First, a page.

By the time they get to school, most children have a lot to say about what they need and what they prefer. Parents are offering choices to their children: Do you want blueberries or strawberries on your waffle? Would you like to wear the yellow dress or the green jumper to school today? All that changes on the other side of many schools' doors. Children are expected to sit attentively and take in whatever the teacher/school board/textbook writers think they need to learn hour after hour, day after day. Correcting written work or listening to students read their essays aloud or having a consensus decision-making session on what project to undertake all take up too much of the teacher's limited time. Expressive subjects like art, music and dance are considered frills we can no longer afford in many schools.
Hence we end up with many youngsters who cannot adequately express themselves in a positive, constructive, creative way. This leads to incoherent frustration that comes out in graffiti, vandalism and violence. A democracy depends on the expressive skills of its citizens as well as its leaders. We need to take the time to allow our students real choices in the schoolrooms, real debate and decisionmaking about the things that are important to them in their daily lives.
Thirdly, our curriculum needs to strike a better balance between teaching children about the societies humans create (language, culture, history) and teaching them about the environment (universe, planet, ecosystems) that created and sustain us as human beings. These two facets of our knowledge and experience should be of equal importance. Knowing our essential nature and being thoroughly rooted in the web of life of which we are a part gives us a sense of belonging, of being a part of something greater than we are as individuals and as a single society among many. As the saying goes, We can only give our children roots and wings. Being grounded in nature is every bit as important as learning how to soar with the societies we imagine and create. Things that are of equal importance need to be given equal time and resources throughout our school years.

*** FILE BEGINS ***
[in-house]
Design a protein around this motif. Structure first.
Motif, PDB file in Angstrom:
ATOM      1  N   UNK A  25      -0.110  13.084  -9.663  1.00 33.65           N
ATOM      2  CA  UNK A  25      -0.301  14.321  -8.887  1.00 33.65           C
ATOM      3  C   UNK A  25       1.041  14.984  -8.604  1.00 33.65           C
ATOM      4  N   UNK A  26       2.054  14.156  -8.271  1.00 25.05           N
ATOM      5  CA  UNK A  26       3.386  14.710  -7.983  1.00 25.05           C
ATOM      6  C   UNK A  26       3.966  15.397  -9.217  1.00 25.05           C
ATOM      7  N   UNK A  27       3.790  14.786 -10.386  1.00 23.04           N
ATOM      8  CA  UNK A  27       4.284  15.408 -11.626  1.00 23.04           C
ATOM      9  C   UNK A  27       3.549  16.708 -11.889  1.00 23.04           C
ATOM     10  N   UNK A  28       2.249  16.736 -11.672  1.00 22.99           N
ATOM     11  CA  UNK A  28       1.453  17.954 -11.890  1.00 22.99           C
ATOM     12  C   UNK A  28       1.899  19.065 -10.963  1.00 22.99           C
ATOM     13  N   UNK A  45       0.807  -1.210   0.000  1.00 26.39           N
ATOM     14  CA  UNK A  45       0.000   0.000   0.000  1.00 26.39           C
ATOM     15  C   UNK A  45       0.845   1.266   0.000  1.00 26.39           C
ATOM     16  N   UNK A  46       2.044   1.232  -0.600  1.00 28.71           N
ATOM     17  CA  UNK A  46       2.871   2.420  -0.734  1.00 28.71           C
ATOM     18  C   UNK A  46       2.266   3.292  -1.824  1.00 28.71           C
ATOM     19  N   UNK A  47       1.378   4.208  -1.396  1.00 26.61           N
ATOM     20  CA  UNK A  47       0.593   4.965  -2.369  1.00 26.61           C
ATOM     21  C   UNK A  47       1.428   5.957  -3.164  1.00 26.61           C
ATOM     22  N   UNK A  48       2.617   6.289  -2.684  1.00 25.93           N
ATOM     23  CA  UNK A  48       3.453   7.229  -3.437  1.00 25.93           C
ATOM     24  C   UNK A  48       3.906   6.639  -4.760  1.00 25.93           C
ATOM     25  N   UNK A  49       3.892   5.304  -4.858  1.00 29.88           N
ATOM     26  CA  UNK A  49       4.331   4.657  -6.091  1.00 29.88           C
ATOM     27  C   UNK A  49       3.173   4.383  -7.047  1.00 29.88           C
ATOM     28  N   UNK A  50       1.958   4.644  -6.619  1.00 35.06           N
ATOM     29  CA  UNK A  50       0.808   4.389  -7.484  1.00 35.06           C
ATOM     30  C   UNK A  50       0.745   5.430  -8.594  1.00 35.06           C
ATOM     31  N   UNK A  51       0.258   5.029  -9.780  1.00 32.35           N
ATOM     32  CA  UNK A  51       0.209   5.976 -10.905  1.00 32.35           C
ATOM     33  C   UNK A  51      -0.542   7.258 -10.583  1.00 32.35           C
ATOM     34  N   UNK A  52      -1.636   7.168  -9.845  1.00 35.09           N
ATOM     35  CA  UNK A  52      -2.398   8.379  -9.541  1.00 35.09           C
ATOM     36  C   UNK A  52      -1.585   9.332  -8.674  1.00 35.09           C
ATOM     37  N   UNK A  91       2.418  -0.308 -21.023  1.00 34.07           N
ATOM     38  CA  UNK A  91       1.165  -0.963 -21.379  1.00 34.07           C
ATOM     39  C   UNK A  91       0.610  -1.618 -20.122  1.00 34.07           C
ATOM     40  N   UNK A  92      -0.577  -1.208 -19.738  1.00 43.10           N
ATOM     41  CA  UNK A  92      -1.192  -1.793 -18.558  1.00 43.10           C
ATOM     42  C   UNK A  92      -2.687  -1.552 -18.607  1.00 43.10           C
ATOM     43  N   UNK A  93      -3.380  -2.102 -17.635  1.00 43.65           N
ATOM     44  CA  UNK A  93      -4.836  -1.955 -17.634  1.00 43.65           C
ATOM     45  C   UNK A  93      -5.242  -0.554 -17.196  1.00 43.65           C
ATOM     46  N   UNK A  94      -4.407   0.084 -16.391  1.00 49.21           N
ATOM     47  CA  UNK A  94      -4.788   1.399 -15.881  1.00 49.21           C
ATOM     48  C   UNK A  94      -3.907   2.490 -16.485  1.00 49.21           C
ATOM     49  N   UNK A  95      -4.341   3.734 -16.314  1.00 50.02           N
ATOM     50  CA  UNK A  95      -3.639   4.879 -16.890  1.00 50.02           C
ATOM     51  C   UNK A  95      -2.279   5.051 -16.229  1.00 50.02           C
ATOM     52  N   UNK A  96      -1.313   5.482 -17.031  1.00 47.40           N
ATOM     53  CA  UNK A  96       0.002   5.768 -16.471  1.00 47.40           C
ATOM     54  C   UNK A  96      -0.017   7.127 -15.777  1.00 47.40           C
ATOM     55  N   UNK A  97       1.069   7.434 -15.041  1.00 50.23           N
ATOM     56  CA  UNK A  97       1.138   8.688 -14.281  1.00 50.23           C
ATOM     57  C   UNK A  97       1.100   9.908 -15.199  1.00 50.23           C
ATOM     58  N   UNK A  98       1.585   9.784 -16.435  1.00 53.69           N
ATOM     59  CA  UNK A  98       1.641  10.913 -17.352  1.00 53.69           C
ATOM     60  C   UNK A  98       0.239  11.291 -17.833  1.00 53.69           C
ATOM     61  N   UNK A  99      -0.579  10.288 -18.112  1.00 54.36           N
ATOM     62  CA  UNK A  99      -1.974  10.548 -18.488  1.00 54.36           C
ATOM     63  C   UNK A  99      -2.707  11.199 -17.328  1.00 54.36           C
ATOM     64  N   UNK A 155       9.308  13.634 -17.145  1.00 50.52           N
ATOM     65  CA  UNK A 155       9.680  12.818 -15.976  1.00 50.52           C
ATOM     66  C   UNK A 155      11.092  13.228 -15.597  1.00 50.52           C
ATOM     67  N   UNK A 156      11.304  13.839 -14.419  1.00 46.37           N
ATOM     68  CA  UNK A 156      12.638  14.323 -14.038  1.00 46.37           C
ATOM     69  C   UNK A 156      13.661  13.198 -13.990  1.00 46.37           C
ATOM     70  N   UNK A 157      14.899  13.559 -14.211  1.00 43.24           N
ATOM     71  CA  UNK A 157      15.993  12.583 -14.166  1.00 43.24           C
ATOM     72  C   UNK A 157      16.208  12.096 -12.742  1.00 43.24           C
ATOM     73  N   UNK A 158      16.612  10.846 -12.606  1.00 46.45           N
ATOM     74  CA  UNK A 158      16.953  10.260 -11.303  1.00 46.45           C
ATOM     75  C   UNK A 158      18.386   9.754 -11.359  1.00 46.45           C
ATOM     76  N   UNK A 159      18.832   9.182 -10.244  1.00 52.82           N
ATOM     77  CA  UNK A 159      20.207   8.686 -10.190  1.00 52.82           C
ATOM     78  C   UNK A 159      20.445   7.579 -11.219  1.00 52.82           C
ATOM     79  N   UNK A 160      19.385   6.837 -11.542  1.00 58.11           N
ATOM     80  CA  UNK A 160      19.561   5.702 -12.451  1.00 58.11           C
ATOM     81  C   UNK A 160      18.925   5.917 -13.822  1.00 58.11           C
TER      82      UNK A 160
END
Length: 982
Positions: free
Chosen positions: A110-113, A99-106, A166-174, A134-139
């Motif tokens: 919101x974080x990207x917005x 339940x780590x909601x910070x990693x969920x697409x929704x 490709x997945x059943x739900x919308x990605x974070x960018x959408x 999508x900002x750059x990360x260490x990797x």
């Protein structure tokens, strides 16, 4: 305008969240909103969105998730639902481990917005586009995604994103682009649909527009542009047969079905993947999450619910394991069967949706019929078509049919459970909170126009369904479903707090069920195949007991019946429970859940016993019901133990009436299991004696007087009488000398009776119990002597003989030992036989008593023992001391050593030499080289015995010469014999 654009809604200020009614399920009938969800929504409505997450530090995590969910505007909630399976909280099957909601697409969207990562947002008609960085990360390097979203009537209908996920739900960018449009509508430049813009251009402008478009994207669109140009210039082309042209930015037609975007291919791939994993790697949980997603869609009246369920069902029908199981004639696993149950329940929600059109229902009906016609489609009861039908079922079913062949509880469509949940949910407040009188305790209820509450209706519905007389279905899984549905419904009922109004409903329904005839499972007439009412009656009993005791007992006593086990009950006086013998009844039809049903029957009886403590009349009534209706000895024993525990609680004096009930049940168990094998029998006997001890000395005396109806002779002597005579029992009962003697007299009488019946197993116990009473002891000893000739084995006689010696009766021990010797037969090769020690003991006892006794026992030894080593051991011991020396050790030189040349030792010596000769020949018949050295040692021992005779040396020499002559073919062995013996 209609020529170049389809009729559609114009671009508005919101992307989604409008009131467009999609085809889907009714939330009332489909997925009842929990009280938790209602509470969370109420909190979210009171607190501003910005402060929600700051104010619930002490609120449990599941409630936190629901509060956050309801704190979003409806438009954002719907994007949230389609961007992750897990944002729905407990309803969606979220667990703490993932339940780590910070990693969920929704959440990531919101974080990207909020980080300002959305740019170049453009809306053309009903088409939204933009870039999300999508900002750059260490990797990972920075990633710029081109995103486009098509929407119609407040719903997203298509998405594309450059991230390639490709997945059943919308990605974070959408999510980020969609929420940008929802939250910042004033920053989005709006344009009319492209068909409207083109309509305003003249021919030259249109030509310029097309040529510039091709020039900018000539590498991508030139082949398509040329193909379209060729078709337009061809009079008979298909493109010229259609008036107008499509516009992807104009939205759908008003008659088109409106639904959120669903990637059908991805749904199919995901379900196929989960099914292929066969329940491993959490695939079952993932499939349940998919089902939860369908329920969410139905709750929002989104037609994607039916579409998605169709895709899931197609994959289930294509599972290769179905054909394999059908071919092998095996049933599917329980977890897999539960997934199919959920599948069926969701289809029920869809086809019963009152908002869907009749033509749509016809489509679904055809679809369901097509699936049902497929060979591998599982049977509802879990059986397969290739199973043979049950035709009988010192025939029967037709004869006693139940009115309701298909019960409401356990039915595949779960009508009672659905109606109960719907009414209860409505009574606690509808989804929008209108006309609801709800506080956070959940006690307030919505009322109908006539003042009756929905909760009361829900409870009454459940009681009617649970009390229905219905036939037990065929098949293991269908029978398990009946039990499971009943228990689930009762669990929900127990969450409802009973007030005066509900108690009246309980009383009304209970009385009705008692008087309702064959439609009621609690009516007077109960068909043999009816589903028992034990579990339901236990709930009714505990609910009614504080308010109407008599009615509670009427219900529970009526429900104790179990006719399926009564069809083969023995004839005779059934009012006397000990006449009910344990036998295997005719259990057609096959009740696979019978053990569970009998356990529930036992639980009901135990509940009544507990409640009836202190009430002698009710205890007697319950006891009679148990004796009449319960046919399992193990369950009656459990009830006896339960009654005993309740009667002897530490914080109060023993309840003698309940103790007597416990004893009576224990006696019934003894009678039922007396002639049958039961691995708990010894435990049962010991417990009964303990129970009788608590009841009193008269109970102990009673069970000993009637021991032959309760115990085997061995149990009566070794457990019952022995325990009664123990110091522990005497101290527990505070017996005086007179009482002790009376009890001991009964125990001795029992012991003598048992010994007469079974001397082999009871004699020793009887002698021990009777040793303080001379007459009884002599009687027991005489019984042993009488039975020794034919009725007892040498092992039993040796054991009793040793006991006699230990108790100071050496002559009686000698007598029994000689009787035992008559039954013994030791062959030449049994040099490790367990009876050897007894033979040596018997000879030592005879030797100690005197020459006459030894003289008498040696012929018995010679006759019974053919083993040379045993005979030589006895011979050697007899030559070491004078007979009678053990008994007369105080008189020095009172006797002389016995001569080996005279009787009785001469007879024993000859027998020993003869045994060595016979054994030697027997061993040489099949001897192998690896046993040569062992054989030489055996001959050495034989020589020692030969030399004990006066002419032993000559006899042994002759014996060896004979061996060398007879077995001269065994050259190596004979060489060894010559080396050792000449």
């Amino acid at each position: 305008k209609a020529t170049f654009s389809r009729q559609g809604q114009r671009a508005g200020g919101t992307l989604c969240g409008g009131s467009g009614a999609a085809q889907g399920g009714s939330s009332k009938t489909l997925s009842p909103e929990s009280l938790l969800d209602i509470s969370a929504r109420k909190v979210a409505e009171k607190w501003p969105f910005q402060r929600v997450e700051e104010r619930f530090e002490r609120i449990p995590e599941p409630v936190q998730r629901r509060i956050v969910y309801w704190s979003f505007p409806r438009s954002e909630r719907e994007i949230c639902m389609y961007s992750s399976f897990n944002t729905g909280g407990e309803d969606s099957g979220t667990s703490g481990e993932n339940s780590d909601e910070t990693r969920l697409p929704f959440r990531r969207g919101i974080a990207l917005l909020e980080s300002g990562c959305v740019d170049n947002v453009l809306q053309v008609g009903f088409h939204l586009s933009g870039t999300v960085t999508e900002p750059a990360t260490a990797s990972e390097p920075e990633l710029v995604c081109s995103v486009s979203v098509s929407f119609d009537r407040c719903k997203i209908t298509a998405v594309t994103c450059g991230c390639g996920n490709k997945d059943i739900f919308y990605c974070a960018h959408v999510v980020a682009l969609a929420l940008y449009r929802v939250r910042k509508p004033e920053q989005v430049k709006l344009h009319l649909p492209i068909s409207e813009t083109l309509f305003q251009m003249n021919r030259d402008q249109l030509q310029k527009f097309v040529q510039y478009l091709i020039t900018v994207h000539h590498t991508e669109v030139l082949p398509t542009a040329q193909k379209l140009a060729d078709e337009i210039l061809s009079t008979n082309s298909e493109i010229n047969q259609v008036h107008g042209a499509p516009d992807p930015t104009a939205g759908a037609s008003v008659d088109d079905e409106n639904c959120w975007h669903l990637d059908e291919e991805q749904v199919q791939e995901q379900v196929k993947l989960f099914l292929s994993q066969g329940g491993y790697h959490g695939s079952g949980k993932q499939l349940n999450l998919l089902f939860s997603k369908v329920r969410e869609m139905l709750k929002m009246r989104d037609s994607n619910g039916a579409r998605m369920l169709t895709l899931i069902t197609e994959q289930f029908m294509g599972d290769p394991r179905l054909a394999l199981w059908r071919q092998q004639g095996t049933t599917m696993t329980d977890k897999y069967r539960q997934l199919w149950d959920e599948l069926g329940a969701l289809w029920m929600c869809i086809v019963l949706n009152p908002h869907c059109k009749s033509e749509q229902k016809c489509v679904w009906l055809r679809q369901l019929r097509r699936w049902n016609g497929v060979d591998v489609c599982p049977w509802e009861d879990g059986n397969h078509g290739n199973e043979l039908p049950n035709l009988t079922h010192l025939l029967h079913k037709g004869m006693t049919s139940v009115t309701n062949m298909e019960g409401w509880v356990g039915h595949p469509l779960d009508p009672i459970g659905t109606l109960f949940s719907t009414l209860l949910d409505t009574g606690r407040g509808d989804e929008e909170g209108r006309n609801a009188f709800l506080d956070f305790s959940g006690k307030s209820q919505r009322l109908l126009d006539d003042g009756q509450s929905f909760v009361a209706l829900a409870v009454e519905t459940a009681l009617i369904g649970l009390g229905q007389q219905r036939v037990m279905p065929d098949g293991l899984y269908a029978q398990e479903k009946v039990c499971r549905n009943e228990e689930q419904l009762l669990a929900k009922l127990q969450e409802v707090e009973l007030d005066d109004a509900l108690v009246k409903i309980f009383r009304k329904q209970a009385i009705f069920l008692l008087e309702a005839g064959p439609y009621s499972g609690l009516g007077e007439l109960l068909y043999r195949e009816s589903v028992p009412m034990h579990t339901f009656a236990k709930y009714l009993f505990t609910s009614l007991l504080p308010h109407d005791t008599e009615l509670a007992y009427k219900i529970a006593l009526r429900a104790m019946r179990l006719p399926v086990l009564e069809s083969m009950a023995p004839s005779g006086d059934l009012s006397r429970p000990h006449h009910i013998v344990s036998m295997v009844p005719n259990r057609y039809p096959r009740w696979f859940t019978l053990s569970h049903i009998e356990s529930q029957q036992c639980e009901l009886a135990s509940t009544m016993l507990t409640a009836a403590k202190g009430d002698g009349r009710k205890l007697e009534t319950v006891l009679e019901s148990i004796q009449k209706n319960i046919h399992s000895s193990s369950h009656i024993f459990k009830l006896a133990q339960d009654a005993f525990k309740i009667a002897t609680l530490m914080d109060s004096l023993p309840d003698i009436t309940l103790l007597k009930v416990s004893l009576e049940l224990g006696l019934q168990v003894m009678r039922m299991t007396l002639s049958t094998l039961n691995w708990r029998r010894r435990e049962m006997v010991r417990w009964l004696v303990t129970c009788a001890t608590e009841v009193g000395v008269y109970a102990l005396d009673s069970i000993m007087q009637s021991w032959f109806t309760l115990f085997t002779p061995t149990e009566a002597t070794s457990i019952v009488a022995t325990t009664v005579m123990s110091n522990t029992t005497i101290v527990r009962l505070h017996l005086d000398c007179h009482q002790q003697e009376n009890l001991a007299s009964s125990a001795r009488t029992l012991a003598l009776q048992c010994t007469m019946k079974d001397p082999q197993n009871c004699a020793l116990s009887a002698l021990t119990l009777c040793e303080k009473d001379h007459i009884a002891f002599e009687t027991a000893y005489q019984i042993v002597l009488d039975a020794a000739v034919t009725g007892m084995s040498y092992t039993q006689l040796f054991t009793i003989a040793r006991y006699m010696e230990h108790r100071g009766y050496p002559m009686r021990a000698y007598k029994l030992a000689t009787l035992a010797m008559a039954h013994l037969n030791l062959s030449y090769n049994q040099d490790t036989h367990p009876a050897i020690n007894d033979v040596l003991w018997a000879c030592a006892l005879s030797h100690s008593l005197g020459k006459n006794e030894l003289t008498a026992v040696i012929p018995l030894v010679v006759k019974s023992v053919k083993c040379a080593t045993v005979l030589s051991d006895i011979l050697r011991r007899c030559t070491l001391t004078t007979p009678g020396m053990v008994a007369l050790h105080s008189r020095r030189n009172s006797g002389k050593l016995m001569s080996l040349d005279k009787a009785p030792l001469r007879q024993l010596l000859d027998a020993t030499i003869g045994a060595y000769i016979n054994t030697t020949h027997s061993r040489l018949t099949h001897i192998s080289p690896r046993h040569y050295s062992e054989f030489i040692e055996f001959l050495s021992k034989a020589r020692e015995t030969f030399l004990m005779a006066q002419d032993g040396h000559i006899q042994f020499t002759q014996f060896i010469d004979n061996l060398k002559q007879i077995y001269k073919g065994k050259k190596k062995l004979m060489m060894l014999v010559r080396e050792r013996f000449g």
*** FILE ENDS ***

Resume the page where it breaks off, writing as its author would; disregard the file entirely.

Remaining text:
Finally, we need to strike a better balance between the abstract and the experiential. There is currently too much emphasis (time spent) on theories (stories) of history and on literature and too little time spent on researching the lives of everyday people in our communities and reading the biographies of the people who have shaped our culture. We need to teach our children how to make mindful choices, evaluate the conseqences of their actions, and share their experiences with one another. We need to help them see how the times in which a person is born, the large-scale events that shape history (technology, recessions, wars) interact with the unique personality of each person and can bring out the best or the worst in them. We need to help them learn from the precious, dearly-bought experience of their elders, their fellows and themselves.
Our goal in education, as in life, should be to find a daily balance that supports our physical, mental, emotional, and spiritual selves. We need whole people, well-balanced and -centered, to be the productive participants in our democracy and economy. The daily lives of students as well as workers need to be reasonable, sustainable and satisfying. Only then will we have a society with a balanced, healthy lifestyle for every member.